For the half-year to 31 December 2014, the IPKat's regular team is supplemented by contributions from guest bloggers Rebecca Gulbul, Lucas Michels and Marie-Andrée Weiss.

Regular round-ups of the previous week's blogposts are kindly compiled by Alberto Bellan.

Friday, 18 April 2008

Estate of the Nation vulnerable to terror attack of the Dalek exclusive licensees

Wednesday was the day the Daleks had their day in court, in JHP Ltd v BBC Worldwide Ltd and another [2008] EWHC 757 (Ch), a decision of Mr Justice Norris in the Chancery Division of the High Court, England and Wales (thank you, Simon Haslam of Abel & Imray for letting the IPKat know about it).

The Daleks appeared in the first series of the popular British Dr Who children's TV series in 1963. Their creator Terry Nation entered into agreements in 1964 and 1965 with SP (the predecessor of JHP,the claimant in this action), for the publication of books featuring the Daleks. These agreements provided the basis for the publication of The Daleks Book, The Dalek Annual No. 2, The Dalek Pocket Book and Space Travellers Guide', The Dalek Book and The Dalek Pocket Book .

Terry Nation died in 1997. Four years later JHP wrote to the BBC, seeking to explore the possibility of exploiting these earlier books and other Dalek-related merchandise, but no agreement was reached. Meanwhile, the BBC began negotiations with the trustees of Nation's estate. While no written agreement was reached as to the use of the contents of the earlier books, subsequent evidence indicated that representatives of the BBC and Nation's estate had reached an accord as to the BBC's use of those earlier works. In 2002, the BBC published The Dalek Survival Guide, which referred to text used in the earlier works. JHP, as the exclusive licensee of the right to publish the earlier works, sued the BBC for copyright infringement, seeking damages. The BBC maintained that it had acquired a licence by estoppel from Nation's estate to use the material featured in the earlier books in its new books.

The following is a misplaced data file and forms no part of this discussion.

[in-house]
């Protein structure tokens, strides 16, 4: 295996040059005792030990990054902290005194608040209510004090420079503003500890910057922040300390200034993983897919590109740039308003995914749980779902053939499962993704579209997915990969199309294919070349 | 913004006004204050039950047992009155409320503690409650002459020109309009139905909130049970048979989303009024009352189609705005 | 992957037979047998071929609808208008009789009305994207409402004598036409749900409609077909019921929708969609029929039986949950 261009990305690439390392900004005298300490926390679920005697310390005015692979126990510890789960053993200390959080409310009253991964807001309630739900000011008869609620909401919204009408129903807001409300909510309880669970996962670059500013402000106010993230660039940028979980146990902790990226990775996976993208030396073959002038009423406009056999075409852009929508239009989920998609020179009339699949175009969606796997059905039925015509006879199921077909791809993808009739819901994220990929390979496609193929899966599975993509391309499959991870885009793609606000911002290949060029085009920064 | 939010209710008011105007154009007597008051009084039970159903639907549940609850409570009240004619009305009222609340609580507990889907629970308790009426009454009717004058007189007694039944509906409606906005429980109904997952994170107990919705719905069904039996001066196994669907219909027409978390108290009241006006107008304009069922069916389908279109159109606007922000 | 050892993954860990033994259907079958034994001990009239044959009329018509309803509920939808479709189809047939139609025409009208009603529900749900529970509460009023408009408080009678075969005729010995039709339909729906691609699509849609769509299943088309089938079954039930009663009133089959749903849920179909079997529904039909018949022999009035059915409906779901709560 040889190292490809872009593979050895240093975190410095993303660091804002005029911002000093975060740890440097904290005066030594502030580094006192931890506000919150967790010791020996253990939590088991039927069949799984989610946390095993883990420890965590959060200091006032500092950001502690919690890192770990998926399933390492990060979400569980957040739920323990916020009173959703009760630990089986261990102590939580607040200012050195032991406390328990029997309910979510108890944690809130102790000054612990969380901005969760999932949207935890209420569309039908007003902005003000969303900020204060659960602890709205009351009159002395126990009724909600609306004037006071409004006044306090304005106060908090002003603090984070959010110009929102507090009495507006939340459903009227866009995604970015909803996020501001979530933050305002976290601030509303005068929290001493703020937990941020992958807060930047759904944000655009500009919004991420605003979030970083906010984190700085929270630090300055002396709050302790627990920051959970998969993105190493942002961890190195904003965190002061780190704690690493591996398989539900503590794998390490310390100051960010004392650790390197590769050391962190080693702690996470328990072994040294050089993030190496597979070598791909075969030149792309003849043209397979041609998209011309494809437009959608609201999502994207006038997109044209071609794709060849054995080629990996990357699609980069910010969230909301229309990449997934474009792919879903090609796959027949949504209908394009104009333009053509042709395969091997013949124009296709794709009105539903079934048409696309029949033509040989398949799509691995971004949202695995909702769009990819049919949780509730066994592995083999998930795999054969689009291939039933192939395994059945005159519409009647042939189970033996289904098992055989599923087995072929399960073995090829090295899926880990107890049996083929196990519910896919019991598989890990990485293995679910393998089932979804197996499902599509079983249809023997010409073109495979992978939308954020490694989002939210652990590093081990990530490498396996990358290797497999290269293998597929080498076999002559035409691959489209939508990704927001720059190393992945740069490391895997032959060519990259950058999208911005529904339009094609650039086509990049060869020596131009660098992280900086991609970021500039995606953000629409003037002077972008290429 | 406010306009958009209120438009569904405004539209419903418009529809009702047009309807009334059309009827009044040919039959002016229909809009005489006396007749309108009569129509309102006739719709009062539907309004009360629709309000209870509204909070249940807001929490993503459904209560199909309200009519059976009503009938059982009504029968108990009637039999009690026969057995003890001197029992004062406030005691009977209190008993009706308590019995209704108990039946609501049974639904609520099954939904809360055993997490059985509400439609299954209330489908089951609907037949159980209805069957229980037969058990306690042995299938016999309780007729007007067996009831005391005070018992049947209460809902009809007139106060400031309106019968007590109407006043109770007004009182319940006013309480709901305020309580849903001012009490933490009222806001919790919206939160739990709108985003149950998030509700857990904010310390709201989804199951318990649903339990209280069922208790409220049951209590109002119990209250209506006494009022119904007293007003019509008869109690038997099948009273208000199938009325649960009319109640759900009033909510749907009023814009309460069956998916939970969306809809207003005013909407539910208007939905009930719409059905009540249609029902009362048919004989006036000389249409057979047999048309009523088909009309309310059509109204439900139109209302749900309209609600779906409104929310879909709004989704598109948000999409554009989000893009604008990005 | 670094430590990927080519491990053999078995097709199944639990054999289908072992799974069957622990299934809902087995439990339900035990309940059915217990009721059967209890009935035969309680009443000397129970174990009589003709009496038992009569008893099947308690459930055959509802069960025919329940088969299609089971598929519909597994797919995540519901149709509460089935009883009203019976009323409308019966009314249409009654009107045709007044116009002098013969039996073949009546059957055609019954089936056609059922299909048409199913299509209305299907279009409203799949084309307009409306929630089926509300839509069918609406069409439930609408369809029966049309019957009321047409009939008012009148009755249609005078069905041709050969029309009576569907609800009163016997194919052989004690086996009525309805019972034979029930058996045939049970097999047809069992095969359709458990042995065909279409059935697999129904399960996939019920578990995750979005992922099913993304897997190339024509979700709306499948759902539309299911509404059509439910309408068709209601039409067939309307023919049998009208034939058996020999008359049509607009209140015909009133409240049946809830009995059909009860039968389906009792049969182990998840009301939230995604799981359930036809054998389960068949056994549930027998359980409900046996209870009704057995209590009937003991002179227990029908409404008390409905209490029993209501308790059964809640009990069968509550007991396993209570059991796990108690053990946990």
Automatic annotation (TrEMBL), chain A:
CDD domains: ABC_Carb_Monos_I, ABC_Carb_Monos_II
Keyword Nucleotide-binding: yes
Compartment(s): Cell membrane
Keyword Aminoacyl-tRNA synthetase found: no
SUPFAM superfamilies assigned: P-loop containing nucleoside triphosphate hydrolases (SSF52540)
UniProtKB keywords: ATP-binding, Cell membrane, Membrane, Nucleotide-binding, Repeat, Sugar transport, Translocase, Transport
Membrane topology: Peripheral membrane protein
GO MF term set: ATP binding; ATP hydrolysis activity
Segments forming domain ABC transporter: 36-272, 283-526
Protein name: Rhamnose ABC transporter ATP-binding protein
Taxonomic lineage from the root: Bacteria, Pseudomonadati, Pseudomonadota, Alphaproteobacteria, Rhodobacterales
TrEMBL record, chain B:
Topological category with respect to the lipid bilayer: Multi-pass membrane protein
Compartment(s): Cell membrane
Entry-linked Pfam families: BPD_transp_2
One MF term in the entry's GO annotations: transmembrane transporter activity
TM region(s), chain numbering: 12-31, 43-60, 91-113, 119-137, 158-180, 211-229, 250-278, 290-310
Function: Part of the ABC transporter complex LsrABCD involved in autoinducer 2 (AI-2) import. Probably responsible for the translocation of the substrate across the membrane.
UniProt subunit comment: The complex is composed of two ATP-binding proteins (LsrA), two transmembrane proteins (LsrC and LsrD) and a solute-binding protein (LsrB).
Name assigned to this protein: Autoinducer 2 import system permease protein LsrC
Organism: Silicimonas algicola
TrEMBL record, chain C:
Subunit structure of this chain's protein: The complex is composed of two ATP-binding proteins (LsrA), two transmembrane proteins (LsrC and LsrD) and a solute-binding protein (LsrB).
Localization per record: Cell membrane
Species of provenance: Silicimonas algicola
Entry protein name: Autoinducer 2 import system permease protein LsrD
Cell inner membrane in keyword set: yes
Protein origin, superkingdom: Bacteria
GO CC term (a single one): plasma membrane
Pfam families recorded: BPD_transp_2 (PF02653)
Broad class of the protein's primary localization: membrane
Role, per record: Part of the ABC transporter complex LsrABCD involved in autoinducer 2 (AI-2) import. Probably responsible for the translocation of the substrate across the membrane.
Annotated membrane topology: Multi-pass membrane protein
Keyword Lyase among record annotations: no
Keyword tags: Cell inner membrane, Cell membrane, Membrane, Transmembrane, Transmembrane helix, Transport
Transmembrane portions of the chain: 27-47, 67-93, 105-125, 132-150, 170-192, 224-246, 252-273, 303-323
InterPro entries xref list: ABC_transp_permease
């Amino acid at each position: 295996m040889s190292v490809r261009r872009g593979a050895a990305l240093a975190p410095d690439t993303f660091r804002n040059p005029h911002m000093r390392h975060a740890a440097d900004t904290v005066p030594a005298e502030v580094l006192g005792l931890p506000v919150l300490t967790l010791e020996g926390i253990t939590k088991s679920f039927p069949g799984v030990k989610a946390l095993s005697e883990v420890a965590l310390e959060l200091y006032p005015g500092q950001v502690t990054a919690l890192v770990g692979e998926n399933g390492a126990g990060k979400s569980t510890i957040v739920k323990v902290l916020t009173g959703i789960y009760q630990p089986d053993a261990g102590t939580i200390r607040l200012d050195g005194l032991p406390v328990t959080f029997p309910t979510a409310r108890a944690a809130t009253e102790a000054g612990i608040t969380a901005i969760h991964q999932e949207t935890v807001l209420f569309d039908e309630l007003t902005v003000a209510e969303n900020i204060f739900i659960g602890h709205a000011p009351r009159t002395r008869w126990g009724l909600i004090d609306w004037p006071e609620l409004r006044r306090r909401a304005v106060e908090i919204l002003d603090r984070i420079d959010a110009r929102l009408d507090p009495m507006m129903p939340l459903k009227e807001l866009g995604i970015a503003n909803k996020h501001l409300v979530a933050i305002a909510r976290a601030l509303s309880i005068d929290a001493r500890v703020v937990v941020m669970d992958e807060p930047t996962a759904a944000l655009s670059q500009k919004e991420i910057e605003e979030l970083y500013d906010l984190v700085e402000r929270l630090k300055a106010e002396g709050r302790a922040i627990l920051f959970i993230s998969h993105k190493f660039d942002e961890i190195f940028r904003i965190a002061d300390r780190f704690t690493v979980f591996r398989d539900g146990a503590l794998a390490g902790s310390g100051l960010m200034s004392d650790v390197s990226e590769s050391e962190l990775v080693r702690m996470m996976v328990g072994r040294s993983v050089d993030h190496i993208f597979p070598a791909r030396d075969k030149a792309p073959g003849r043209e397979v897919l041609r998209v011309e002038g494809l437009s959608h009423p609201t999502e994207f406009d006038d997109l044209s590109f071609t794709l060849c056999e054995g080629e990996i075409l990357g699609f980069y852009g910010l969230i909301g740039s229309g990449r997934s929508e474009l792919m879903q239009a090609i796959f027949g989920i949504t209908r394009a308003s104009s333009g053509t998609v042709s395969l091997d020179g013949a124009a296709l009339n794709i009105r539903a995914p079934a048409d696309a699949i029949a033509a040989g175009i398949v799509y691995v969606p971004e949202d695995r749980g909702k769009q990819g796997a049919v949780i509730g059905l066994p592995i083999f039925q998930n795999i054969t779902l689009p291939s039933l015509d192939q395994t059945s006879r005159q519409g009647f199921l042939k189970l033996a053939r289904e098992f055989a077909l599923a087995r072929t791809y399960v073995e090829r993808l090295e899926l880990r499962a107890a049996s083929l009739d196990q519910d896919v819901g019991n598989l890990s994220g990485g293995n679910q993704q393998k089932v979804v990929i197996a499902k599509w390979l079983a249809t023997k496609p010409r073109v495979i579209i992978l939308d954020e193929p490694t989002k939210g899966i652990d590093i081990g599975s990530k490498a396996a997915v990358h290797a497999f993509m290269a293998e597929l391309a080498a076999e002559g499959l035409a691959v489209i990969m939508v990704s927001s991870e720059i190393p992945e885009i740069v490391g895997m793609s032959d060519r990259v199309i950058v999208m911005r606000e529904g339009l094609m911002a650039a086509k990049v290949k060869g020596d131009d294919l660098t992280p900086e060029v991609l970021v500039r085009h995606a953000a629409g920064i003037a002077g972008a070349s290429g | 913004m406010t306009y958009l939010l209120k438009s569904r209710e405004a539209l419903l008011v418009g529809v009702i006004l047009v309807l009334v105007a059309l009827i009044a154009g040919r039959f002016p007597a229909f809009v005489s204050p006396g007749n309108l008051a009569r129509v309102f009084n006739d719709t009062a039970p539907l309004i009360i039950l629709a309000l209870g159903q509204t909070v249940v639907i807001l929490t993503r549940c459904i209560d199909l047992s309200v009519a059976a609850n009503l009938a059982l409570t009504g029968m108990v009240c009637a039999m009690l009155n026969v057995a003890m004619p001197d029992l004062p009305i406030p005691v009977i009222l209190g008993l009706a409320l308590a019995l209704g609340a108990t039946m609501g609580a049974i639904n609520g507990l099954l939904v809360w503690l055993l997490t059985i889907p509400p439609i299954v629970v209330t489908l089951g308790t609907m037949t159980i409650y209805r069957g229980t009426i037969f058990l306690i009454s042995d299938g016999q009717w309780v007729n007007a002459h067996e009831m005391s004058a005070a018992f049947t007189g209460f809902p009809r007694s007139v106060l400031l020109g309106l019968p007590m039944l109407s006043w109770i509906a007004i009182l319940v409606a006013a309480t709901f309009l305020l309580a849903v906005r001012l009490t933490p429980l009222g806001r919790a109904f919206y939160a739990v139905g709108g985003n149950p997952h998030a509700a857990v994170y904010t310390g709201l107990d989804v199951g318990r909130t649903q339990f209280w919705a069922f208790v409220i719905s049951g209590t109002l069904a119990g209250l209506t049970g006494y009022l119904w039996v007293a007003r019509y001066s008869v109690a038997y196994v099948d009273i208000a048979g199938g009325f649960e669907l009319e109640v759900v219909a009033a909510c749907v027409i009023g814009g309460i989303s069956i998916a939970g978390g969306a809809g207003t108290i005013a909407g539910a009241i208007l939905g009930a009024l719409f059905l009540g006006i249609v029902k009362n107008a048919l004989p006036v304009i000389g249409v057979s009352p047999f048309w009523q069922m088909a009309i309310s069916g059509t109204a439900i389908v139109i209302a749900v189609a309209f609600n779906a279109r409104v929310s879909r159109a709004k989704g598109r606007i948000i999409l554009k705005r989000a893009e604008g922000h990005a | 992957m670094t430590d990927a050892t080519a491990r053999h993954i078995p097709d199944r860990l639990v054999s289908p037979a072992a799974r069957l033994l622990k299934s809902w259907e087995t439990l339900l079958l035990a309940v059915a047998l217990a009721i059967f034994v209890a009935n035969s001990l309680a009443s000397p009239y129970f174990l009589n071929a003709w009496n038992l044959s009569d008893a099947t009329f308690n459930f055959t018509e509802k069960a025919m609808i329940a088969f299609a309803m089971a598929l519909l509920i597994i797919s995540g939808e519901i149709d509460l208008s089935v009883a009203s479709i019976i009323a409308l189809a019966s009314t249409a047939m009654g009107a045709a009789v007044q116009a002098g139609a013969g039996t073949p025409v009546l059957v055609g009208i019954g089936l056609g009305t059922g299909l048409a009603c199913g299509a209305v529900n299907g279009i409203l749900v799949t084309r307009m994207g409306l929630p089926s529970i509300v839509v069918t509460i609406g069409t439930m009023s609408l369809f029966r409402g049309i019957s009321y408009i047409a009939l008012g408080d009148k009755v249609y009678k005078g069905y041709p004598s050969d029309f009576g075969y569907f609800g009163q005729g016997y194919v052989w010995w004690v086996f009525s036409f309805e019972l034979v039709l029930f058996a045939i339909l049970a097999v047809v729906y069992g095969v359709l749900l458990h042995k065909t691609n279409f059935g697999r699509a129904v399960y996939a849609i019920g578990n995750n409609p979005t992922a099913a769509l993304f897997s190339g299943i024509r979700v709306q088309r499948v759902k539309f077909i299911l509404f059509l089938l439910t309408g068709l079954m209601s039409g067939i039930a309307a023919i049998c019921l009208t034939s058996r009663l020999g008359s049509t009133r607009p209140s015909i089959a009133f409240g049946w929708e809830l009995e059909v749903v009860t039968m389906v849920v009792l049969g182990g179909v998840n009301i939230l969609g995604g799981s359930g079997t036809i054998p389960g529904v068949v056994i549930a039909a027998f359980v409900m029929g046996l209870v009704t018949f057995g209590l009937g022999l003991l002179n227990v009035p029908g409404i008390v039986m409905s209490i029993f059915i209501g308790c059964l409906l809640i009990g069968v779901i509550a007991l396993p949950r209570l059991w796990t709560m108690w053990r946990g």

Norris J dismissed JHP's action. In his view, on the true construction of the agreements, JHP was the exclusive licensee of the right to publish material found in the earlier books. The BBC however acted in the belief that it had the permission of the estate to use material derived from the earlier works in which the estate held the copyright, acting on that belief in paying writers to prepare text in publishing and marketing the new book in which the text in issue had been referenced. The BBC therefore had a complete defence to the claim, even if it had infringed the rights of the exclusive licensee.

The IPKat says, this may seem strange, but that's how the Copyright, Designs and Patents Act 1988, s.101(3) works: it provides that, in any action brought by an exclusive licensee, the defendant may avail himself of any defence which would have been available to him if the action had been brought by the copyright owner. So JHP will have to take the matter up with Nation's estate, it seems, who are apparently authorising an infringing act under s.16(2) of the same Act.

Merpel says, isn't it unusual these days to see a dispute like this get as far as a full trial when there's a knock-out statutory defence like this one sitting here?

What's really inside a Dalek here
Brave cat takes on Dalek here

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